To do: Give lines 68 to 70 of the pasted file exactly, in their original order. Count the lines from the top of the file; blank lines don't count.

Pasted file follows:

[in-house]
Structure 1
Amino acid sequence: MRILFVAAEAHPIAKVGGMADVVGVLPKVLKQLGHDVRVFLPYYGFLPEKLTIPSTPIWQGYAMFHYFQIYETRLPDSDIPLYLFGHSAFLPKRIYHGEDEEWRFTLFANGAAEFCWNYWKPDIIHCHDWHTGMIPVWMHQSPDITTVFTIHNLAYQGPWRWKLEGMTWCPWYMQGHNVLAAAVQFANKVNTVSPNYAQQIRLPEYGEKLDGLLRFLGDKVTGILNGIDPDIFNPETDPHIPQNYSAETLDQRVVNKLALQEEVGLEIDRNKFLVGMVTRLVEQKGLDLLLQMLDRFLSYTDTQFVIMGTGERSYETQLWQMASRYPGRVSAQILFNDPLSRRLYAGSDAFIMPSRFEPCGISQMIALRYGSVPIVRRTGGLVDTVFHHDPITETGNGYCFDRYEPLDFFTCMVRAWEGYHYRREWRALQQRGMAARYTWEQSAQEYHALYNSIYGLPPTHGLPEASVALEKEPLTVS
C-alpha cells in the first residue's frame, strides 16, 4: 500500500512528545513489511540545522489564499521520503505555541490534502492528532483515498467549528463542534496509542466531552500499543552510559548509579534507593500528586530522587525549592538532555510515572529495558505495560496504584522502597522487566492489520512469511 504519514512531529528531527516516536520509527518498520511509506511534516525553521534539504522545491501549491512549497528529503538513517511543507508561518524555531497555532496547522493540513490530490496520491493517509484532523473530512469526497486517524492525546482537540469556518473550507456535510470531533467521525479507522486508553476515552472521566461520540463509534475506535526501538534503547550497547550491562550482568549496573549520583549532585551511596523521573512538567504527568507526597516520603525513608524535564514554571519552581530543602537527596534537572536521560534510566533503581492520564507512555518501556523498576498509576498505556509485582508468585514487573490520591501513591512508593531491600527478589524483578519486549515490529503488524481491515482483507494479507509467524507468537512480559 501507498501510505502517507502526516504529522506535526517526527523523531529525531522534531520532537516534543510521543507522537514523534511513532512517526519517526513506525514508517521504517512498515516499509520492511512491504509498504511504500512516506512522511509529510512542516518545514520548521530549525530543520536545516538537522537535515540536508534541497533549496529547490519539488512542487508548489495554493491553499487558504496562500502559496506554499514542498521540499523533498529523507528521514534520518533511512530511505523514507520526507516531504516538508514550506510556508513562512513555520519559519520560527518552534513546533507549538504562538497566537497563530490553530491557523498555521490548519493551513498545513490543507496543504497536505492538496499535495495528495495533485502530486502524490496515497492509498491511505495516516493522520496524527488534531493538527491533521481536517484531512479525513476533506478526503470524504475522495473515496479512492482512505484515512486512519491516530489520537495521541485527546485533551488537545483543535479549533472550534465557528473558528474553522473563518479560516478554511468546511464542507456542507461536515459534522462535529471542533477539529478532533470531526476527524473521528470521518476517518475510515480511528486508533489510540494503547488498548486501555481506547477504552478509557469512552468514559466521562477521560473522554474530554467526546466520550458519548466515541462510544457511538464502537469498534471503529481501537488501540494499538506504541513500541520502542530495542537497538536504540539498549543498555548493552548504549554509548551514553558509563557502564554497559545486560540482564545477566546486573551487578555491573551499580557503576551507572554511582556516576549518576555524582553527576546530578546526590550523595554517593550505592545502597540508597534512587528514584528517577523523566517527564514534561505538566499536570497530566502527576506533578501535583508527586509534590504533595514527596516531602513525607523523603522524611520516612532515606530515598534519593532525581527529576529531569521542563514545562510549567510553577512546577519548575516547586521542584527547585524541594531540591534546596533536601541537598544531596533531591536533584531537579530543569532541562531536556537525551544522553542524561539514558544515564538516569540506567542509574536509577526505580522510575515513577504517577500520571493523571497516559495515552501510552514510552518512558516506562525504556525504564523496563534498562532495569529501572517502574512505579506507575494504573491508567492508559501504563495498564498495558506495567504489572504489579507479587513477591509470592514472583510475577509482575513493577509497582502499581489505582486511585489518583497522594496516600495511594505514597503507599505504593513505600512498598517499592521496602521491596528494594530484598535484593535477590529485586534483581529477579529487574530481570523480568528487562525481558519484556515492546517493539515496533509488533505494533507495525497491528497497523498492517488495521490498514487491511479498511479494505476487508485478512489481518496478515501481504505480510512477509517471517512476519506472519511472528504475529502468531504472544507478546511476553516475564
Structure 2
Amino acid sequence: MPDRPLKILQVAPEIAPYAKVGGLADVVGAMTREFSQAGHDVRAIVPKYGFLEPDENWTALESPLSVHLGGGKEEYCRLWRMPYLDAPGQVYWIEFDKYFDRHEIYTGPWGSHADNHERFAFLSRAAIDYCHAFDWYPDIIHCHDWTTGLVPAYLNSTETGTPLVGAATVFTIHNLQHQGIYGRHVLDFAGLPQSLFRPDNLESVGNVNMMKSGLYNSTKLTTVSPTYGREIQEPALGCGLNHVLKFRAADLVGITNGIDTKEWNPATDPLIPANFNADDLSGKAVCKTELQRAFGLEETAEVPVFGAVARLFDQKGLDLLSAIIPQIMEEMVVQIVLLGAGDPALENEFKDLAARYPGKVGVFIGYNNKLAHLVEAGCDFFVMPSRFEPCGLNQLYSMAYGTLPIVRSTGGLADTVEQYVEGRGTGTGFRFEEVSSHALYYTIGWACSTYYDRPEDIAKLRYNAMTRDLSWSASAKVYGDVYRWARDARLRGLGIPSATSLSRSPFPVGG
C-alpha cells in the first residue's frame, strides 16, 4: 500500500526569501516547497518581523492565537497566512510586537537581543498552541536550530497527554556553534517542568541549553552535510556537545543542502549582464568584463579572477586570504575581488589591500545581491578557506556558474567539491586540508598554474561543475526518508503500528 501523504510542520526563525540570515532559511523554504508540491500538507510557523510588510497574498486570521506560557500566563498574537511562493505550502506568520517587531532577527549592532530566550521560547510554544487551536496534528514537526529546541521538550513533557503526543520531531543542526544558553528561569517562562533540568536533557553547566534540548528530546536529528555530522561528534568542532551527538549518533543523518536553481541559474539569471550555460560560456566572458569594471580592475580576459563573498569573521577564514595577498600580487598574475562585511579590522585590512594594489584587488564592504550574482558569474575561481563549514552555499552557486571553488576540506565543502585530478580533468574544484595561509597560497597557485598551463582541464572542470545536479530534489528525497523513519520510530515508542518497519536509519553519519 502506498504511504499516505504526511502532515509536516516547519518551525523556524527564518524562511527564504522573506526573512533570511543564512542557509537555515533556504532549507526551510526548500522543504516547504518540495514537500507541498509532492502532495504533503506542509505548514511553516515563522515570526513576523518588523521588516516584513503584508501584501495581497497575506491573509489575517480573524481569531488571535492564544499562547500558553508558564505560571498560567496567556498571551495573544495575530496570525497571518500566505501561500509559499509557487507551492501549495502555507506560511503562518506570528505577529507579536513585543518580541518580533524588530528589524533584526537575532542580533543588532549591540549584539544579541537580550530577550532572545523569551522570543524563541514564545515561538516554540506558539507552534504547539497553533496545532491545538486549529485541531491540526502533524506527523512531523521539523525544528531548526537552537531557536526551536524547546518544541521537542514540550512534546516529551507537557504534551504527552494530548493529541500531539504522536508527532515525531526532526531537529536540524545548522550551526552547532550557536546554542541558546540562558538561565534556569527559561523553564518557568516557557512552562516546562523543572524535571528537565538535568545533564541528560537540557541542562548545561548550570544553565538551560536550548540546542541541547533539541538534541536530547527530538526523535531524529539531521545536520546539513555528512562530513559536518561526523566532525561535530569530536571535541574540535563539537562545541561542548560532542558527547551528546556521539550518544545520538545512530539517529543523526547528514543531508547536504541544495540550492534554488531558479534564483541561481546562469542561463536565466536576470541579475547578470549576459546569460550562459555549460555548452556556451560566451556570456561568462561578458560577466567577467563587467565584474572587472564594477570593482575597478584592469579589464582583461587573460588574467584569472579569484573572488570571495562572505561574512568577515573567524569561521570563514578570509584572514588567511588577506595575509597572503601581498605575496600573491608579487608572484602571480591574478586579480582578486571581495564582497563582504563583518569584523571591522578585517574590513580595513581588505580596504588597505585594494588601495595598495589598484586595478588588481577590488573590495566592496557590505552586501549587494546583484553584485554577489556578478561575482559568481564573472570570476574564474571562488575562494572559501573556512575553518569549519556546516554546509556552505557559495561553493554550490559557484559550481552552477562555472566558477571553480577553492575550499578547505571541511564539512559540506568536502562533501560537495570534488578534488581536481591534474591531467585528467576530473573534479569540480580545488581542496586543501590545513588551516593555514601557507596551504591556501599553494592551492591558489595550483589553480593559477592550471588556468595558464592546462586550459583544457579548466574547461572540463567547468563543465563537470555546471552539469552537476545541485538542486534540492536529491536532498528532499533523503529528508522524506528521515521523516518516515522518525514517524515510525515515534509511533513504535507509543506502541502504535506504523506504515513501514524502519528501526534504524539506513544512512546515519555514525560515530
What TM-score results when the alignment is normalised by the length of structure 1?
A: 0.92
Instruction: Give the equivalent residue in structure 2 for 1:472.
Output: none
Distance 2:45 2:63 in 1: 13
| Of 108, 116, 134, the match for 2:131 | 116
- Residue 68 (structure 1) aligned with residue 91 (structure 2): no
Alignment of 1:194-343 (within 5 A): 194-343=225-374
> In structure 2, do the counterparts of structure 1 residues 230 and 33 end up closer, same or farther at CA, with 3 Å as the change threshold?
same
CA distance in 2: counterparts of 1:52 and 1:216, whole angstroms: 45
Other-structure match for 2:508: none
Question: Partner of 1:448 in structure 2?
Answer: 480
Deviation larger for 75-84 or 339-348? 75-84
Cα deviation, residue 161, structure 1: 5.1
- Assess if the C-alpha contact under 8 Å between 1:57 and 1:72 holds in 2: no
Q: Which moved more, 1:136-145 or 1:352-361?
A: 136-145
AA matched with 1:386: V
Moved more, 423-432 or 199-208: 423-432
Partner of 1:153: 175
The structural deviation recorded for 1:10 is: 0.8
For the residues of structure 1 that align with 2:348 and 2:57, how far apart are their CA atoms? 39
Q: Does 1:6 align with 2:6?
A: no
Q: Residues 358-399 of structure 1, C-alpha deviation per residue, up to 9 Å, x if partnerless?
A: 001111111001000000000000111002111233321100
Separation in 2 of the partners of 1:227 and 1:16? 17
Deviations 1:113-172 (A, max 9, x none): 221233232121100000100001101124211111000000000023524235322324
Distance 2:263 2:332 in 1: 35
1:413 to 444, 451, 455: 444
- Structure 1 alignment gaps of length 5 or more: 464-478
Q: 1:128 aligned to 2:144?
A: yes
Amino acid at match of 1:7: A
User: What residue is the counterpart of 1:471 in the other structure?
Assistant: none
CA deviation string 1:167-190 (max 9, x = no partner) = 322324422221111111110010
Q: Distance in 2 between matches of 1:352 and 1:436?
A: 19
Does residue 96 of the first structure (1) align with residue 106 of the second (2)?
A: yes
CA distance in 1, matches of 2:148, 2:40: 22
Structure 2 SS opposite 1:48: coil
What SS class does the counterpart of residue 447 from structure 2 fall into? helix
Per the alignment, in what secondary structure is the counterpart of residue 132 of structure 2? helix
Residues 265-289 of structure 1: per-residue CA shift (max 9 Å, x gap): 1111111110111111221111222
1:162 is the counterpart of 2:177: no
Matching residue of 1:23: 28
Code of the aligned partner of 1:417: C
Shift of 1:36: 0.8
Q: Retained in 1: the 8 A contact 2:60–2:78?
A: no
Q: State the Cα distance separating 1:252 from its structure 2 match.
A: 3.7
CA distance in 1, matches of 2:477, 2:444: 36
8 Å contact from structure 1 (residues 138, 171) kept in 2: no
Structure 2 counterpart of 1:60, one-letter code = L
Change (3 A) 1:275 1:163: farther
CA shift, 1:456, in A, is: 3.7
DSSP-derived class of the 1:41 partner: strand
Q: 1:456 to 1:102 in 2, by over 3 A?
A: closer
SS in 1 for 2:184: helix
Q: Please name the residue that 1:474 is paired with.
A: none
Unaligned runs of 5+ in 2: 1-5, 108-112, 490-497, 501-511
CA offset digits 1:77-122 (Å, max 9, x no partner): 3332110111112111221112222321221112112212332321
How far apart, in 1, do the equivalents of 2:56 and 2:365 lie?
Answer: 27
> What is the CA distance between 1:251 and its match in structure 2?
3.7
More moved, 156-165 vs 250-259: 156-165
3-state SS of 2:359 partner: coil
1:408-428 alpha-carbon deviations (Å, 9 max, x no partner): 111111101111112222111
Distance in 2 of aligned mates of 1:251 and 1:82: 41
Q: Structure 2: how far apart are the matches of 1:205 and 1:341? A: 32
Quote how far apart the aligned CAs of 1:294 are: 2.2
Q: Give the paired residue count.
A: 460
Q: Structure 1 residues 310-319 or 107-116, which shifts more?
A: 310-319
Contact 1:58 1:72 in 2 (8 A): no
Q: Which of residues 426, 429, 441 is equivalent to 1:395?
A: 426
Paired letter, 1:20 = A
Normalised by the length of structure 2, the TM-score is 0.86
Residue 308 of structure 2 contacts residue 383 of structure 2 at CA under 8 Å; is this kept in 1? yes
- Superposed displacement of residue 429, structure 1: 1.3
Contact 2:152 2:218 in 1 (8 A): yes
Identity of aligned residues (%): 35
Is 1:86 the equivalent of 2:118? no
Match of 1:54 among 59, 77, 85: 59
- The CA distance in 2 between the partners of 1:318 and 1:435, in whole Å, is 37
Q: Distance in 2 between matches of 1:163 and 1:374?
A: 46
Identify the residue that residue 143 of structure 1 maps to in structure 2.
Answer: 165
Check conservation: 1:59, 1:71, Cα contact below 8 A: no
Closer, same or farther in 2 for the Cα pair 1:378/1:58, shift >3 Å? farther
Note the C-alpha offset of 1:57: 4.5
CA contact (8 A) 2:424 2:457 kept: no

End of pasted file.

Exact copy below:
CA shift, 1:456, in A, is: 3.7
DSSP-derived class of the 1:41 partner: strand
Q: 1:456 to 1:102 in 2, by over 3 A?